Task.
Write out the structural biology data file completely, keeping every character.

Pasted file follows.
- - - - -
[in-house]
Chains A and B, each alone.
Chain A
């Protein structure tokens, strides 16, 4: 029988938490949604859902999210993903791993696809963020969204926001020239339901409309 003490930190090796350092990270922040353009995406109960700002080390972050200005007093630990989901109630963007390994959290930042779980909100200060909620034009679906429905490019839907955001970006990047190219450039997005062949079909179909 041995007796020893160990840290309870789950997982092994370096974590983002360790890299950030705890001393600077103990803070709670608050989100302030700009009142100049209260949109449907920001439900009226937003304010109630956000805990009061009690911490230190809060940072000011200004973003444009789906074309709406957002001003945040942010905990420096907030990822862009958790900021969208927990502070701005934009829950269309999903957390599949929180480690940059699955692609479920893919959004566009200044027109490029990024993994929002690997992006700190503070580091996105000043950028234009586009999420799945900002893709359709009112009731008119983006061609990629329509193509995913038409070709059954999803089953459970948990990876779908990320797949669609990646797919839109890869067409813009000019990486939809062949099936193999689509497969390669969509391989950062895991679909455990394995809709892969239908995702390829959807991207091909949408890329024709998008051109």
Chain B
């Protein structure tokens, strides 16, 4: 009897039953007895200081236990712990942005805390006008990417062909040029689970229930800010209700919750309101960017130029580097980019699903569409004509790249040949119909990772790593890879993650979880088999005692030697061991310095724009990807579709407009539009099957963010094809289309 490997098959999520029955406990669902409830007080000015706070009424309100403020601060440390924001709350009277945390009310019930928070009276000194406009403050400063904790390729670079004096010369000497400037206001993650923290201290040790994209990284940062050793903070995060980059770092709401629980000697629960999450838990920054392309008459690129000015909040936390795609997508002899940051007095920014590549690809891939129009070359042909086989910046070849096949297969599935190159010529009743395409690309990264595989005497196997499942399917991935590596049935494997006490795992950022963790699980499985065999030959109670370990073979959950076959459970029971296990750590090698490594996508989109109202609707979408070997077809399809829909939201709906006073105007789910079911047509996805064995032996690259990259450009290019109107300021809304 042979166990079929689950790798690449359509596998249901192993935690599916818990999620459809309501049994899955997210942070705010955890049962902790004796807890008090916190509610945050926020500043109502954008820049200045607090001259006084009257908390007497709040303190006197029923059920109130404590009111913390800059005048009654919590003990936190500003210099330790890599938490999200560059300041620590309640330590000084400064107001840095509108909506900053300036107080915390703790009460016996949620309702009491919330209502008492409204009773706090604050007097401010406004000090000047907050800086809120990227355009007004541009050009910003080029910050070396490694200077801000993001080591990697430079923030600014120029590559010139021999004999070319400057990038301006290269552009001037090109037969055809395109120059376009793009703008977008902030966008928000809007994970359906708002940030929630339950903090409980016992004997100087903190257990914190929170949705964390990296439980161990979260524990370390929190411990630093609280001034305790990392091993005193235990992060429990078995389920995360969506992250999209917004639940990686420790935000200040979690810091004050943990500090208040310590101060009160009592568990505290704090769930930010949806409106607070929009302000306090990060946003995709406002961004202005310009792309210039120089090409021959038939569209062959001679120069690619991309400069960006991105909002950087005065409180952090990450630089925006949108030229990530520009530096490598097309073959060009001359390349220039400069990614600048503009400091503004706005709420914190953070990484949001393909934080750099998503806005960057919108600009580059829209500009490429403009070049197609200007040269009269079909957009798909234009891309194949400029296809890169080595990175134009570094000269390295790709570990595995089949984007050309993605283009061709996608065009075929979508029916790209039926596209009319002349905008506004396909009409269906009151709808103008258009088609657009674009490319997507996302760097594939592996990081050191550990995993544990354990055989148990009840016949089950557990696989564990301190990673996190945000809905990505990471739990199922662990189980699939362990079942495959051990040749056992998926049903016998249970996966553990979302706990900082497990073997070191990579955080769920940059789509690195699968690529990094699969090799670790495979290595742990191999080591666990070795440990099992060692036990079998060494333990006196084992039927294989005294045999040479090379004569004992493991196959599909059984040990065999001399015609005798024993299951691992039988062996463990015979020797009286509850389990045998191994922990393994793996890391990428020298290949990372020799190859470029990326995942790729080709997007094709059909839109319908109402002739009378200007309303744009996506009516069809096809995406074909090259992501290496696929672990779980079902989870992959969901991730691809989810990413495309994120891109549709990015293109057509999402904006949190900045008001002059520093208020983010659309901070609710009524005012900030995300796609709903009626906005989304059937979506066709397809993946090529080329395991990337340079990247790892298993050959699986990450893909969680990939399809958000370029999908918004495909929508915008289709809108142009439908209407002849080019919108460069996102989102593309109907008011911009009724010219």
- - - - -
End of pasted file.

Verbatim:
[in-house]
Chains A and B, each alone.
Chain A
């Protein structure tokens, strides 16, 4: 029988938490949604859902999210993903791993696809963020969204926001020239339901409309 003490930190090796350092990270922040353009995406109960700002080390972050200005007093630990989901109630963007390994959290930042779980909100200060909620034009679906429905490019839907955001970006990047190219450039997005062949079909179909 041995007796020893160990840290309870789950997982092994370096974590983002360790890299950030705890001393600077103990803070709670608050989100302030700009009142100049209260949109449907920001439900009226937003304010109630956000805990009061009690911490230190809060940072000011200004973003444009789906074309709406957002001003945040942010905990420096907030990822862009958790900021969208927990502070701005934009829950269309999903957390599949929180480690940059699955692609479920893919959004566009200044027109490029990024993994929002690997992006700190503070580091996105000043950028234009586009999420799945900002893709359709009112009731008119983006061609990629329509193509995913038409070709059954999803089953459970948990990876779908990320797949669609990646797919839109890869067409813009000019990486939809062949099936193999689509497969390669969509391989950062895991679909455990394995809709892969239908995702390829959807991207091909949408890329024709998008051109």
Chain B
């Protein structure tokens, strides 16, 4: 009897039953007895200081236990712990942005805390006008990417062909040029689970229930800010209700919750309101960017130029580097980019699903569409004509790249040949119909990772790593890879993650979880088999005692030697061991310095724009990807579709407009539009099957963010094809289309 490997098959999520029955406990669902409830007080000015706070009424309100403020601060440390924001709350009277945390009310019930928070009276000194406009403050400063904790390729670079004096010369000497400037206001993650923290201290040790994209990284940062050793903070995060980059770092709401629980000697629960999450838990920054392309008459690129000015909040936390795609997508002899940051007095920014590549690809891939129009070359042909086989910046070849096949297969599935190159010529009743395409690309990264595989005497196997499942399917991935590596049935494997006490795992950022963790699980499985065999030959109670370990073979959950076959459970029971296990750590090698490594996508989109109202609707979408070997077809399809829909939201709906006073105007789910079911047509996805064995032996690259990259450009290019109107300021809304 042979166990079929689950790798690449359509596998249901192993935690599916818990999620459809309501049994899955997210942070705010955890049962902790004796807890008090916190509610945050926020500043109502954008820049200045607090001259006084009257908390007497709040303190006197029923059920109130404590009111913390800059005048009654919590003990936190500003210099330790890599938490999200560059300041620590309640330590000084400064107001840095509108909506900053300036107080915390703790009460016996949620309702009491919330209502008492409204009773706090604050007097401010406004000090000047907050800086809120990227355009007004541009050009910003080029910050070396490694200077801000993001080591990697430079923030600014120029590559010139021999004999070319400057990038301006290269552009001037090109037969055809395109120059376009793009703008977008902030966008928000809007994970359906708002940030929630339950903090409980016992004997100087903190257990914190929170949705964390990296439980161990979260524990370390929190411990630093609280001034305790990392091993005193235990992060429990078995389920995360969506992250999209917004639940990686420790935000200040979690810091004050943990500090208040310590101060009160009592568990505290704090769930930010949806409106607070929009302000306090990060946003995709406002961004202005310009792309210039120089090409021959038939569209062959001679120069690619991309400069960006991105909002950087005065409180952090990450630089925006949108030229990530520009530096490598097309073959060009001359390349220039400069990614600048503009400091503004706005709420914190953070990484949001393909934080750099998503806005960057919108600009580059829209500009490429403009070049197609200007040269009269079909957009798909234009891309194949400029296809890169080595990175134009570094000269390295790709570990595995089949984007050309993605283009061709996608065009075929979508029916790209039926596209009319002349905008506004396909009409269906009151709808103008258009088609657009674009490319997507996302760097594939592996990081050191550990995993544990354990055989148990009840016949089950557990696989564990301190990673996190945000809905990505990471739990199922662990189980699939362990079942495959051990040749056992998926049903016998249970996966553990979302706990900082497990073997070191990579955080769920940059789509690195699968690529990094699969090799670790495979290595742990191999080591666990070795440990099992060692036990079998060494333990006196084992039927294989005294045999040479090379004569004992493991196959599909059984040990065999001399015609005798024993299951691992039988062996463990015979020797009286509850389990045998191994922990393994793996890391990428020298290949990372020799190859470029990326995942790729080709997007094709059909839109319908109402002739009378200007309303744009996506009516069809096809995406074909090259992501290496696929672990779980079902989870992959969901991730691809989810990413495309994120891109549709990015293109057509999402904006949190900045008001002059520093208020983010659309901070609710009524005012900030995300796609709903009626906005989304059937979506066709397809993946090529080329395991990337340079990247790892298993050959699986990450893909969680990939399809958000370029999908918004495909929508915008289709809108142009439908209407002849080019919108460069996102989102593309109907008011911009009724010219």